Using an envelope budgeting system is a simple way to budget plan. Being able to see exactly where your money is makes this an easy budget plan for even young kids to learn. Instead of simply writing things out on paper, the envelope budgeting system lets you see and feel the cash going where it is supposed to. Not only can this envelope system work for budgeting your normal household expenses, but it can also be an excellent way to pay down debt!
Planning a budget and learning to stick to a budget using envelopes is SO easy. The only supplies you will need are things that can be found easily and inexpensively. The skills needed are those any primary child would have.. being able to count money and use a calculator are the most technical things you will need to know how to do.
So, what are those easy to find supplies you will need? The first item you will need to set up your envelope budgeting system are envelopes. The second item you will need is a pen or pencil. Don’t let lack of a pen or pencil stop you though, even a crayon or marker can be used! A calculator is always a good idea when you are dealing with money figures. Even if you enjoy working with figures, it is always best to double check your work. The last thing you will need is your bills. Gather all of your bills into one place to make it simple to set up your envelope budgeting system in one sitting.
Once you have all of your supplies, this is how you will proceed. For each of your bills, you will create an envelope. In order to do this, start by writing the bill name on the envelope. Next, you will need to figure out how money is needed to pay that bill and how often it is due. This is good information to write on the envelope also. Divide the total amount due by the number of pay dates you have in each month. An envelope budgeting system will work with any pay schedule. This will be the amount of money you need to put into the envelope each pay date. Make sure this is written on the envelope so that you can see it easily!
Follow the same procedure for each one of your bills. Now move onto your expenses that are not billed. These would include food, gas, savings, and don’t forget to add in fun! Budgeting doesn’t mean cutting out all the little fun things, it means planning for them.
For non billed expenses, follow the same procedure as for the bills. Start by creating an envelope for each of these expenses. Figure out how much money you spend on each of these expenses on average each month, or what you think a reasonable amount would be. Write that on the envelope as the total amount due each month. Now, divide your amount by the number of pay dates you have each month, and write that figure down on the envelope. This number is the amount of cash you will need to put into that envelope each pay date.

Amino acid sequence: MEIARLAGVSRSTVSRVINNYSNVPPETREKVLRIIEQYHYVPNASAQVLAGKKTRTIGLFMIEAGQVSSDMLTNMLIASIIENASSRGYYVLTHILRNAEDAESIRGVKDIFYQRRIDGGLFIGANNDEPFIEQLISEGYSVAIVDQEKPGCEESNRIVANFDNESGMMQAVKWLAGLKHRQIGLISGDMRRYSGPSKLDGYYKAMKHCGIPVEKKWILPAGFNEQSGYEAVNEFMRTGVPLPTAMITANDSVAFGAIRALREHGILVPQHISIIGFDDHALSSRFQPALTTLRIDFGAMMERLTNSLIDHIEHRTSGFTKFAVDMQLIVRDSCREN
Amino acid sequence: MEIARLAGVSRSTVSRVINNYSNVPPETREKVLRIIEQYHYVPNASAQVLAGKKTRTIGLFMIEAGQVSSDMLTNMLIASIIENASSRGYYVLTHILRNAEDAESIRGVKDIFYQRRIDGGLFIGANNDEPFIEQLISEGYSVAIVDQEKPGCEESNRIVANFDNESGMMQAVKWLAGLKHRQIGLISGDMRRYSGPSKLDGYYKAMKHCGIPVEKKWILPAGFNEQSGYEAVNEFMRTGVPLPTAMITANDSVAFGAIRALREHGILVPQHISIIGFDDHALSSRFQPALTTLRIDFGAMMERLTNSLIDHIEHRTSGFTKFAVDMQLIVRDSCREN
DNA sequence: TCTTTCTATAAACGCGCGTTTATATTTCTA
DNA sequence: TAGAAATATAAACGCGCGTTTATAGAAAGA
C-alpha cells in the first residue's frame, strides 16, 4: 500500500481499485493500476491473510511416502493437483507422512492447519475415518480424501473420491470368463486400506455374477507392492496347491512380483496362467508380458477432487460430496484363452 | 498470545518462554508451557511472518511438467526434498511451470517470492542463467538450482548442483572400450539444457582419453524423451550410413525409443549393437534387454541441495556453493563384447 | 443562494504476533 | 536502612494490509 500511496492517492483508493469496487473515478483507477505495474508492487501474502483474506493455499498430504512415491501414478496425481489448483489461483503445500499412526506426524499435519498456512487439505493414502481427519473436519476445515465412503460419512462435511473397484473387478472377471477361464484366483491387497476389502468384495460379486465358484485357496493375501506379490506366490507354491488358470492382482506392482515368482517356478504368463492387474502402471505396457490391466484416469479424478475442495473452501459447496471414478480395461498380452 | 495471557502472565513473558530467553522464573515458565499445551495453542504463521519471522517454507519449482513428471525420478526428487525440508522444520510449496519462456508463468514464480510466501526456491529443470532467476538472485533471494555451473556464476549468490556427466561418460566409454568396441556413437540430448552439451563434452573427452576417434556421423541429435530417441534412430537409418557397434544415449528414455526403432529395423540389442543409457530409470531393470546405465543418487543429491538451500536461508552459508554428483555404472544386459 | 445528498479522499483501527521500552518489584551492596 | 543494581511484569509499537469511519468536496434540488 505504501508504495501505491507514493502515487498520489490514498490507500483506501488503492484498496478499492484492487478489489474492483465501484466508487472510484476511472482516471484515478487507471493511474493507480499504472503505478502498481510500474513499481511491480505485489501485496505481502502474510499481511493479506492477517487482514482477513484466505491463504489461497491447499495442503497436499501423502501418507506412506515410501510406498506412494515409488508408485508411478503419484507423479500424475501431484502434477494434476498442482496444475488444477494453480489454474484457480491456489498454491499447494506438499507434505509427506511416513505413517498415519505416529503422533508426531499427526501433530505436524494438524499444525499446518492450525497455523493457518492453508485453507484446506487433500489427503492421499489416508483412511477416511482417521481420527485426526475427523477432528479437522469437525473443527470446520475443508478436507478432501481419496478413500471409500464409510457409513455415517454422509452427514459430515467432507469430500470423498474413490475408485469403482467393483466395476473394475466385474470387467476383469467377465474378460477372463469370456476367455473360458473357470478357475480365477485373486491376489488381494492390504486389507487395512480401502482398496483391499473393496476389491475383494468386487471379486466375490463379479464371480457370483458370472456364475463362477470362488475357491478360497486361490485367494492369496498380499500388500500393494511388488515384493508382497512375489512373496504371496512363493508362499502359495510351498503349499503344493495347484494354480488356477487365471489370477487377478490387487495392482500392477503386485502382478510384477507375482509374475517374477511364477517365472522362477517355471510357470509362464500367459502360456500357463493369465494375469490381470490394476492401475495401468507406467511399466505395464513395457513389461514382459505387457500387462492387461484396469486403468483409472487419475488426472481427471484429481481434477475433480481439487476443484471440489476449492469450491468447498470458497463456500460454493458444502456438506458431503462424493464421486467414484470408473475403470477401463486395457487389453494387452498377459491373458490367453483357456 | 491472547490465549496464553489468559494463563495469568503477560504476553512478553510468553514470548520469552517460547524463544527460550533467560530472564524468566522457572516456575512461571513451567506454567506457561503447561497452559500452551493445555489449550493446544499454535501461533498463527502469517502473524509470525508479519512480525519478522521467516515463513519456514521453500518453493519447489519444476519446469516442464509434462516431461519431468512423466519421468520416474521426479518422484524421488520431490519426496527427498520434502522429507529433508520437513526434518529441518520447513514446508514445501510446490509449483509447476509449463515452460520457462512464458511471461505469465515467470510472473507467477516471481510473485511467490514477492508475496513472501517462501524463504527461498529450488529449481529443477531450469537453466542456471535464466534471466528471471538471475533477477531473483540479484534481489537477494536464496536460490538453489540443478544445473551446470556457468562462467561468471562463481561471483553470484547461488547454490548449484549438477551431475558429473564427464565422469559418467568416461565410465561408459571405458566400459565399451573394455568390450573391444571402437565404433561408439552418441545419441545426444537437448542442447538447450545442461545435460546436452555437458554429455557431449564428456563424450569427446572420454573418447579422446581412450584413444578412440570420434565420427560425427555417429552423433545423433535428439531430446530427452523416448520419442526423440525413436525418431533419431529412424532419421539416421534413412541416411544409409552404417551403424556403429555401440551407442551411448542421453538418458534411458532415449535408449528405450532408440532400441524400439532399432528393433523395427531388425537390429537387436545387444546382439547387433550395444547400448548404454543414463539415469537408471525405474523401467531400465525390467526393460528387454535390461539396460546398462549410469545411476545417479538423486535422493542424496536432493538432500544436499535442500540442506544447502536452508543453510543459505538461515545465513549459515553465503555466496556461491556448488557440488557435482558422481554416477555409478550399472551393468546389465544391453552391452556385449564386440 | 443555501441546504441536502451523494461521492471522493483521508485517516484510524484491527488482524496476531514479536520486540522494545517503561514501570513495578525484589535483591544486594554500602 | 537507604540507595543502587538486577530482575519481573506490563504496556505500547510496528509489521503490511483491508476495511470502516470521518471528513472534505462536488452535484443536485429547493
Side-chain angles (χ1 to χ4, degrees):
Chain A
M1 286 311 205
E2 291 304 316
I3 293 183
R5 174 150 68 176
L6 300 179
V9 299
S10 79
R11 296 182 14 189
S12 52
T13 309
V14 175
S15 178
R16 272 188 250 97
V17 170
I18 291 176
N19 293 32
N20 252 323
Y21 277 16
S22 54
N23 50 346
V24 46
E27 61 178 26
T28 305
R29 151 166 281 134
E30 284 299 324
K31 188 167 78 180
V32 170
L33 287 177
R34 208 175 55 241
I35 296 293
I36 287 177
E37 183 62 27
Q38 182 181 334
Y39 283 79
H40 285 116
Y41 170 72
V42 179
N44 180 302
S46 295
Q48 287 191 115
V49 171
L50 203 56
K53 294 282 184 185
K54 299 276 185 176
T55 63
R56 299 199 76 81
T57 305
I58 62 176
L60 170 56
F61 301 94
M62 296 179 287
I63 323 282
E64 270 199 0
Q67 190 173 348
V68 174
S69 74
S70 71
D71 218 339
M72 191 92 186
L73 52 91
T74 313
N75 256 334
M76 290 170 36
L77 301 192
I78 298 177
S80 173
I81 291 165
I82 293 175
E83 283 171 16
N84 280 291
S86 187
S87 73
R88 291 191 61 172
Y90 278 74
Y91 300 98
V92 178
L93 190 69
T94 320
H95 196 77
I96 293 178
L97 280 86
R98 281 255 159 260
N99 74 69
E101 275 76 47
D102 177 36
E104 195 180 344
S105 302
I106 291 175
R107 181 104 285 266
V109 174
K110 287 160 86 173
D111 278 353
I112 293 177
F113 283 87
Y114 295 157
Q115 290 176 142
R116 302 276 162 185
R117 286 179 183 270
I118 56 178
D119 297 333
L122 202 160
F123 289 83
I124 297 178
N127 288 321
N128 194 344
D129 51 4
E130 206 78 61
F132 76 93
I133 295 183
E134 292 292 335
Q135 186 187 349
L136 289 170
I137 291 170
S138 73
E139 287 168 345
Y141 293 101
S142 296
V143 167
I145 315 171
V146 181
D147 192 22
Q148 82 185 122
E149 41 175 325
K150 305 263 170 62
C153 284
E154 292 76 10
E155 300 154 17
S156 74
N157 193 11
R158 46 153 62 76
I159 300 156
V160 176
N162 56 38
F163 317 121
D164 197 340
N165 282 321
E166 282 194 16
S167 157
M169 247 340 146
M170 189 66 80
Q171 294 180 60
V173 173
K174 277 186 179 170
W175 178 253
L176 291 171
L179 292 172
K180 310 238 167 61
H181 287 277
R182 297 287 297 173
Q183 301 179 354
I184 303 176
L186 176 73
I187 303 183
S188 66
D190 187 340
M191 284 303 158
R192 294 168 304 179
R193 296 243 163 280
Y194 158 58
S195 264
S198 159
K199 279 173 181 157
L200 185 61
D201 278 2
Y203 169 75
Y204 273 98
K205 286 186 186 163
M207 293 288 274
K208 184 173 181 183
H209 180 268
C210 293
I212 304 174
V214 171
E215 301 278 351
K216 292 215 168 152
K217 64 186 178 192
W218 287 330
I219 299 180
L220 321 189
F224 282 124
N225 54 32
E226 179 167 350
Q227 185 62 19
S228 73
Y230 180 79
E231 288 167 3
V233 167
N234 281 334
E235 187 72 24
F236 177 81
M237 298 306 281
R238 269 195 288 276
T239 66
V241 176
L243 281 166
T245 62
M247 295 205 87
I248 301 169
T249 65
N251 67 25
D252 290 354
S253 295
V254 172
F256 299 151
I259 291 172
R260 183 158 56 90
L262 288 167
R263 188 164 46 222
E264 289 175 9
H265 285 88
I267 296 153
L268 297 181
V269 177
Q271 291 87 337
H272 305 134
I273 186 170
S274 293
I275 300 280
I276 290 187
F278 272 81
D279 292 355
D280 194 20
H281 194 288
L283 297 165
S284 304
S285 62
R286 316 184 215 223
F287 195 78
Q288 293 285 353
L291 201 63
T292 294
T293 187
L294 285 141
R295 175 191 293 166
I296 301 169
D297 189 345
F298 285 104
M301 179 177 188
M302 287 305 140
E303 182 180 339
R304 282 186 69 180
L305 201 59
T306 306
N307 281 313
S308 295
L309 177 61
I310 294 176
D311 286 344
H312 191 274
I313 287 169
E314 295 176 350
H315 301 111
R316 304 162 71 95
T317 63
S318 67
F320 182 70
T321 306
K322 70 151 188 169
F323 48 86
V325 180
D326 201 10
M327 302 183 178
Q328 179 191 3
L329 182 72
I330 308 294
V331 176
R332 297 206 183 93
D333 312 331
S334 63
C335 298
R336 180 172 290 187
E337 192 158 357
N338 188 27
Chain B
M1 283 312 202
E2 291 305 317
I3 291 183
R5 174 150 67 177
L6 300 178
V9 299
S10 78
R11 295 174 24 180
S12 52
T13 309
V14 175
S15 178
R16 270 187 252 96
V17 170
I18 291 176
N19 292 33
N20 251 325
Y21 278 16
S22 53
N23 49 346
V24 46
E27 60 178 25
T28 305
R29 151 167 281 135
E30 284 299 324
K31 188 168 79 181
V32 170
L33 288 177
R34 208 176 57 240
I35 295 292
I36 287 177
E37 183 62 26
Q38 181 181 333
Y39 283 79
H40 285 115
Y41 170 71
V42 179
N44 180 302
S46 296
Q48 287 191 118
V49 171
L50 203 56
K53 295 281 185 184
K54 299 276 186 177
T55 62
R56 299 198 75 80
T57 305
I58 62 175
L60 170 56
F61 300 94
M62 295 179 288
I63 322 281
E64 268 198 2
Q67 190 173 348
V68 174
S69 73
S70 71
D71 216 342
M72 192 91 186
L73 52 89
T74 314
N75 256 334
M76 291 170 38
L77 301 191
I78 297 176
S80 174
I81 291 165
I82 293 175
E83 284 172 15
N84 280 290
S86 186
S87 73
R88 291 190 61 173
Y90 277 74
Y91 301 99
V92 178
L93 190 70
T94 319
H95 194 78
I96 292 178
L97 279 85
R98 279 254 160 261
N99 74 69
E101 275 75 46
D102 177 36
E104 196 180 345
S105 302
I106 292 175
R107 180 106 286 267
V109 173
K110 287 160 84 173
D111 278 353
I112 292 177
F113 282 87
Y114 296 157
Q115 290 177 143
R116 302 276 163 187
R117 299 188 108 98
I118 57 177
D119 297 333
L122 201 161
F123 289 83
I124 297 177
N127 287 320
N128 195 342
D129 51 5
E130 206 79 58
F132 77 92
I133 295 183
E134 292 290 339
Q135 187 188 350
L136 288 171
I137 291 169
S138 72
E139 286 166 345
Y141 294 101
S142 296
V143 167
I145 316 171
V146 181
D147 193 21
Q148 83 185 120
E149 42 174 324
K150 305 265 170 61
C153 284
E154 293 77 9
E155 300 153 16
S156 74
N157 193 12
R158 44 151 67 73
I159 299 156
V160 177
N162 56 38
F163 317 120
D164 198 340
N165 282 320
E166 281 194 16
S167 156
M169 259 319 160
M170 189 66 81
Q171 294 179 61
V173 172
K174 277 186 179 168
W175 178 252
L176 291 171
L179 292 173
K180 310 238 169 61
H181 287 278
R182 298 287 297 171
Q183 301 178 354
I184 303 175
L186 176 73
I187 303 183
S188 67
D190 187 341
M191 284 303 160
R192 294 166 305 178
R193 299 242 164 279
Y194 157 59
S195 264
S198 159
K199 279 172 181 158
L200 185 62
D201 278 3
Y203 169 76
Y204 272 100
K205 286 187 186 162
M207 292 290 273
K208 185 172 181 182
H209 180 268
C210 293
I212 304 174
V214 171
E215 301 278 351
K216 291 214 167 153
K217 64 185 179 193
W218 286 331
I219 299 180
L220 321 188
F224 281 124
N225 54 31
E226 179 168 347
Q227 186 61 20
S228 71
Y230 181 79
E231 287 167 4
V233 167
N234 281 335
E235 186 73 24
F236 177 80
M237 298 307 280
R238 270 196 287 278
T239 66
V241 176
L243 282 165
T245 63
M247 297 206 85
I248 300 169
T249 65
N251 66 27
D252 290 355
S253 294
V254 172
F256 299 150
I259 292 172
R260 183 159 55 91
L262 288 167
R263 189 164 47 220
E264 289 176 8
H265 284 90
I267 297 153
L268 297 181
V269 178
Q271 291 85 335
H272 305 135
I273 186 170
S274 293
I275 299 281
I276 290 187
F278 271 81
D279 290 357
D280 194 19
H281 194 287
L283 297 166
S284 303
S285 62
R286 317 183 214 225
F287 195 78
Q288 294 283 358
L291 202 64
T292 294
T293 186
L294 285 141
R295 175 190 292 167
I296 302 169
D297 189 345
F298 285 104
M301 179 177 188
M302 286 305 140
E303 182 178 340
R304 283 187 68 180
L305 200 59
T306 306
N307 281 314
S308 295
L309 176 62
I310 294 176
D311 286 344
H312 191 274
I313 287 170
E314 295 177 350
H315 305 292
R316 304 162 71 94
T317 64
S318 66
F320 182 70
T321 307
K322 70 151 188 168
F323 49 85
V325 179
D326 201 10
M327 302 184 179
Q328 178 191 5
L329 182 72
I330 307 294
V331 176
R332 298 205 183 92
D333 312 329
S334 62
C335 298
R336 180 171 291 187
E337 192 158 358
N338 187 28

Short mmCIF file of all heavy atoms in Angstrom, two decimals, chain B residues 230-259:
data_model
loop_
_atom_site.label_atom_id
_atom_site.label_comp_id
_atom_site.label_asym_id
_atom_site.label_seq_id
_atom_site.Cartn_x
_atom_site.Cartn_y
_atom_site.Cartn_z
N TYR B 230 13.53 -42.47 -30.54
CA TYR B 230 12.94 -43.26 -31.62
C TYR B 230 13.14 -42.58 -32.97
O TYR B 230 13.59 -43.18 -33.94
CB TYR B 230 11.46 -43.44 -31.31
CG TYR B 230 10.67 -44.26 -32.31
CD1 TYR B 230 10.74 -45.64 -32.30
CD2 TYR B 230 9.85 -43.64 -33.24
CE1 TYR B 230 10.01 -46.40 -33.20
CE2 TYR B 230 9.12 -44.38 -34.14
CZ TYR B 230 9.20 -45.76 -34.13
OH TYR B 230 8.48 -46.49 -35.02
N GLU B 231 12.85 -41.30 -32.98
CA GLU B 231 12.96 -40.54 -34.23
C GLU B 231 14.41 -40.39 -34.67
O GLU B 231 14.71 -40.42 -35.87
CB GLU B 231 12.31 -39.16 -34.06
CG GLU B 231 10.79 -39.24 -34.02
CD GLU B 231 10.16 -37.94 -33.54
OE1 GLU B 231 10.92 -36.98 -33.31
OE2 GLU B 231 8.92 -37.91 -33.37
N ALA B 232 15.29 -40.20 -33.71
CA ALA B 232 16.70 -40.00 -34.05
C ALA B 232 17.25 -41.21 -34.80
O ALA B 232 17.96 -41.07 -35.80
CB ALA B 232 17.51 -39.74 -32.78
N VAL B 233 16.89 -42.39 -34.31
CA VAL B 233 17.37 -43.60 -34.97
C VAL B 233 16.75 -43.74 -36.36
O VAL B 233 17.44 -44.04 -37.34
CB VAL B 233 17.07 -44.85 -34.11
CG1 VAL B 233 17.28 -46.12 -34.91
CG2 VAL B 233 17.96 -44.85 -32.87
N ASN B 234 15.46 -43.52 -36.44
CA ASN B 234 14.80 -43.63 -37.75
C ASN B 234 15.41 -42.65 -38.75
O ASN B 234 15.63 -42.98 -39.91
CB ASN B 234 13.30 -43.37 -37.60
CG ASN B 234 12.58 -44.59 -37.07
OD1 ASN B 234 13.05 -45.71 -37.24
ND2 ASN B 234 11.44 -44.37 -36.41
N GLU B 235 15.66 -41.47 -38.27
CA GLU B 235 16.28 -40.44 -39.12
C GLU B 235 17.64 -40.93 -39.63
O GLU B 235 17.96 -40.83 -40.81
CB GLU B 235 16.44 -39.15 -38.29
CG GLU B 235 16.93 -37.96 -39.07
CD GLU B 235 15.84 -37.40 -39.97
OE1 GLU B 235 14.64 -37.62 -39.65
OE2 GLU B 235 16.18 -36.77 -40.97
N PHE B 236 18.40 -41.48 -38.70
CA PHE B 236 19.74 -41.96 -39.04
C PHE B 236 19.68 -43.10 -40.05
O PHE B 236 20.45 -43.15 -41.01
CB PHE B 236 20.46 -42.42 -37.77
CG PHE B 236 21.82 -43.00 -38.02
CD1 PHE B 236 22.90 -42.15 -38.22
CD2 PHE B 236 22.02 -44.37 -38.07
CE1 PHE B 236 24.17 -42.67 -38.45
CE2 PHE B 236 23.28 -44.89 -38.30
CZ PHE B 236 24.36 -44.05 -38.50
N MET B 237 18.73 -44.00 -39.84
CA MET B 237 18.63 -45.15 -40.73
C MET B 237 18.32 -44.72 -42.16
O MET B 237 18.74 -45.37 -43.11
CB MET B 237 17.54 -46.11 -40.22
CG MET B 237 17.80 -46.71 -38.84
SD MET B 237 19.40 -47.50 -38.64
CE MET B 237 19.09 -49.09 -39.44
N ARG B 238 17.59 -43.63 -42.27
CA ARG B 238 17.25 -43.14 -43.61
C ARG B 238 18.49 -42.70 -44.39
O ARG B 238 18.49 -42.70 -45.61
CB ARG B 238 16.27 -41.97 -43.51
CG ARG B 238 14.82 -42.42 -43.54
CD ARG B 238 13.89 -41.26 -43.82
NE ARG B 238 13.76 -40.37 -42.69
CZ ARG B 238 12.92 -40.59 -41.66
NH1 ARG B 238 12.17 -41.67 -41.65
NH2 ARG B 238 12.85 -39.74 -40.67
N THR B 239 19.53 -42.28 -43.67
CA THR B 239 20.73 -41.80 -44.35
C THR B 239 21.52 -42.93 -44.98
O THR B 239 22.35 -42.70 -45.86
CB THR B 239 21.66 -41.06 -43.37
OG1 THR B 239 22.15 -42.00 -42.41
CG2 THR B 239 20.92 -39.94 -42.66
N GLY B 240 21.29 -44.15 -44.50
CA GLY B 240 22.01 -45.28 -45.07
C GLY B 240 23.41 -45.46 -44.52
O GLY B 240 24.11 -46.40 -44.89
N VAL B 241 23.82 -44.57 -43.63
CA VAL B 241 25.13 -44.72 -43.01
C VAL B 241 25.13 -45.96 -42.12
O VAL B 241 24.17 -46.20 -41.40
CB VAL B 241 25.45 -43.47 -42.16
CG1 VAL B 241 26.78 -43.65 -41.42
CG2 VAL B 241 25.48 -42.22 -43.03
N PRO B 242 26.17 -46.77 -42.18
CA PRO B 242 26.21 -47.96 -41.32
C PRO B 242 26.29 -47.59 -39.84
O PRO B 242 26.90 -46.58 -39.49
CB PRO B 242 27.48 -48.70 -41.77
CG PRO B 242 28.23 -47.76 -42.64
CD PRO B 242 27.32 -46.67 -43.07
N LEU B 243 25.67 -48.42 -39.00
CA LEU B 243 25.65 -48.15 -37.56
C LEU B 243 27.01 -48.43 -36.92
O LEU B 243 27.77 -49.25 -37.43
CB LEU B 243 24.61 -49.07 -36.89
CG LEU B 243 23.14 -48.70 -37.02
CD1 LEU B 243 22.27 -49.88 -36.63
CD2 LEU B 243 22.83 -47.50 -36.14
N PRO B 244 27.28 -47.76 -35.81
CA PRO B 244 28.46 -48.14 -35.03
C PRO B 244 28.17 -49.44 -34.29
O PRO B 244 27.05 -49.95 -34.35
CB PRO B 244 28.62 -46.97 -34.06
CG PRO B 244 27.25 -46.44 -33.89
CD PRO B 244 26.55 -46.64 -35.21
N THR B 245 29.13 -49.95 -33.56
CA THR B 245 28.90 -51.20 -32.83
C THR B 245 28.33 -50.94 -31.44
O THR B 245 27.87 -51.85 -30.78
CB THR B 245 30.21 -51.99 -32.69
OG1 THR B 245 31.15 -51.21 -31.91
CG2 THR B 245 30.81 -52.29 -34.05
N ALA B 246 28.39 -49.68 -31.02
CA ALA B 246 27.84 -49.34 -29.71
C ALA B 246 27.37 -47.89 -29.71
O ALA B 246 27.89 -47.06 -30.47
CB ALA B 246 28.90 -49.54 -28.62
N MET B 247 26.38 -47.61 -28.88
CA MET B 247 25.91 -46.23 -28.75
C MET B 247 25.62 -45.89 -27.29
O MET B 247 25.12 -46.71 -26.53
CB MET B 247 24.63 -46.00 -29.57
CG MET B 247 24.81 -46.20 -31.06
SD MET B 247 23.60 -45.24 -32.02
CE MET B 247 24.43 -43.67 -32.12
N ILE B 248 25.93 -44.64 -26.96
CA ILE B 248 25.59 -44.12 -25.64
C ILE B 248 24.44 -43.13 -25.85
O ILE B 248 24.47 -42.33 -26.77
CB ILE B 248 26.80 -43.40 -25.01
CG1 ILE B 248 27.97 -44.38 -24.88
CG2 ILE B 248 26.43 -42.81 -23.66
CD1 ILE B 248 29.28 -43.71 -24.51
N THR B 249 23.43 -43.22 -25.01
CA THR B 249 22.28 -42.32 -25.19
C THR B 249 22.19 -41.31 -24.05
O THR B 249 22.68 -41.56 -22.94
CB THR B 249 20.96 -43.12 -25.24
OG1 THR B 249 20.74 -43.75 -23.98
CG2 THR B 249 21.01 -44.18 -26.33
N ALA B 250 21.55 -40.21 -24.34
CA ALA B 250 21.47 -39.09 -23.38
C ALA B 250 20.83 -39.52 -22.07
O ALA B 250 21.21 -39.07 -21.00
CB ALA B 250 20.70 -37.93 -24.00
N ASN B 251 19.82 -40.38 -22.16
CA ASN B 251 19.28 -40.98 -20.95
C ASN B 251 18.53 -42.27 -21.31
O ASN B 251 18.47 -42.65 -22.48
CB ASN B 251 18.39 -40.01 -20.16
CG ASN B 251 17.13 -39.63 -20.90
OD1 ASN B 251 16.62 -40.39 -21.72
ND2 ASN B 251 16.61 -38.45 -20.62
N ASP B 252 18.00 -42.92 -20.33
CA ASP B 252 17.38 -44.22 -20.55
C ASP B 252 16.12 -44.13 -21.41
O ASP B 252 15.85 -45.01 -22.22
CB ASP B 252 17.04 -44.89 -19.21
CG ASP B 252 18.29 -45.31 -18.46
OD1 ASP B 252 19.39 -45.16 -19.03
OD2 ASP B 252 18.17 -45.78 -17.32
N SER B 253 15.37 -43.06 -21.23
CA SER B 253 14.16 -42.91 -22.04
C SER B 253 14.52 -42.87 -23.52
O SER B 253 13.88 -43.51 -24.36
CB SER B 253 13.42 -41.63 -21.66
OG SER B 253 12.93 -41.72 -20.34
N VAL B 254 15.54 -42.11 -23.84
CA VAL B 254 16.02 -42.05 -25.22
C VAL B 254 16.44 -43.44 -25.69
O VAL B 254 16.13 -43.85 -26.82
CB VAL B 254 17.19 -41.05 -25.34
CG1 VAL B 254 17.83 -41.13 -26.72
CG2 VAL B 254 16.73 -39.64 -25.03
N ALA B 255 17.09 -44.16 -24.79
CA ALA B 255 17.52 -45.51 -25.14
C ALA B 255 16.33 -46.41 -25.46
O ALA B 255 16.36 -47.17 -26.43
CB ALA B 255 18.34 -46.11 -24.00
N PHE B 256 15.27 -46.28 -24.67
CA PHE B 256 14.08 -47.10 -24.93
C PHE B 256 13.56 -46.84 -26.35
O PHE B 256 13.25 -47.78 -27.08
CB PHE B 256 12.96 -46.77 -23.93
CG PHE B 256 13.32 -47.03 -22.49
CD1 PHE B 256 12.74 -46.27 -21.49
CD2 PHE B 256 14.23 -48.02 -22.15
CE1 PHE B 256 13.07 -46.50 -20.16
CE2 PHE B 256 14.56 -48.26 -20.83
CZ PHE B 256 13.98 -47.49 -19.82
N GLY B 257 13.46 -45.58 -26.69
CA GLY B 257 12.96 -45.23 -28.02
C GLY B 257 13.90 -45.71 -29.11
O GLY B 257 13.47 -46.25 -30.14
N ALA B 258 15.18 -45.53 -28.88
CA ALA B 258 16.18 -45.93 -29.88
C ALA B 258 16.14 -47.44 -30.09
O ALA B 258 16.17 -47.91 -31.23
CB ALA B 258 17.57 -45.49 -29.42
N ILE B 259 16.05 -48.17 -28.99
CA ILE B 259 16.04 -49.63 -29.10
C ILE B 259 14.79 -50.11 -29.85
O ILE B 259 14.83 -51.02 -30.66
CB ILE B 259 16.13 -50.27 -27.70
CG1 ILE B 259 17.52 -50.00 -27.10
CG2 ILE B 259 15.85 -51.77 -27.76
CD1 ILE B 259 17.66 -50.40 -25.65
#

One of the most important things to remember is to treat each envelope with the same importance. Having fun, adding money to your savings account, and paying your electric bill are all of equal importance to the envelopes! If you are putting the cash in each envelope each pay date, like you figured out, you will always know exactly what to expect to be able to pay or spend each month.
Be assured that the envelope budgeting system will work for any bill due schedule and any income schedule. Just set it up so you are dividing the total amount due on the due date by the number of pay dates between due dates. Here are a couple of example to show you some common bills that are not due once a month.
Car insurance is quite often a bill that is due every 6 months. If you are paid once a week, this is how you would need to set it up. Let’s say that your insurance policy is $400 due every 6 months. There would be 26 pay periods within that 6 month period. So you would divide the amount due by the number of pay periods. $400 divided by 26, which would equal $15.38. Therefore, you would add $15.38 to your car insurance envelope each week when you got paid. Make sure to write this weekly amount down on the envelope so you don’t forget it!
Another common expense that is not due once a month is a rent to own item. These items are most often billed once a week. Now if you get paid once a week this is easy, but what if you get paid every other week? In that case you would figure out the amount to set aside each pay date like this.. Say you have $16 due each week. Since there would be 2 payments due between pay dates, that would be a total of $32 due each pay period. $16 times 2 equals $32. You would write $32 down as the total you would put in each pay period, and by adding this amount to the envelope each time you are paid, you will have set aside enough money to make your weekly payments.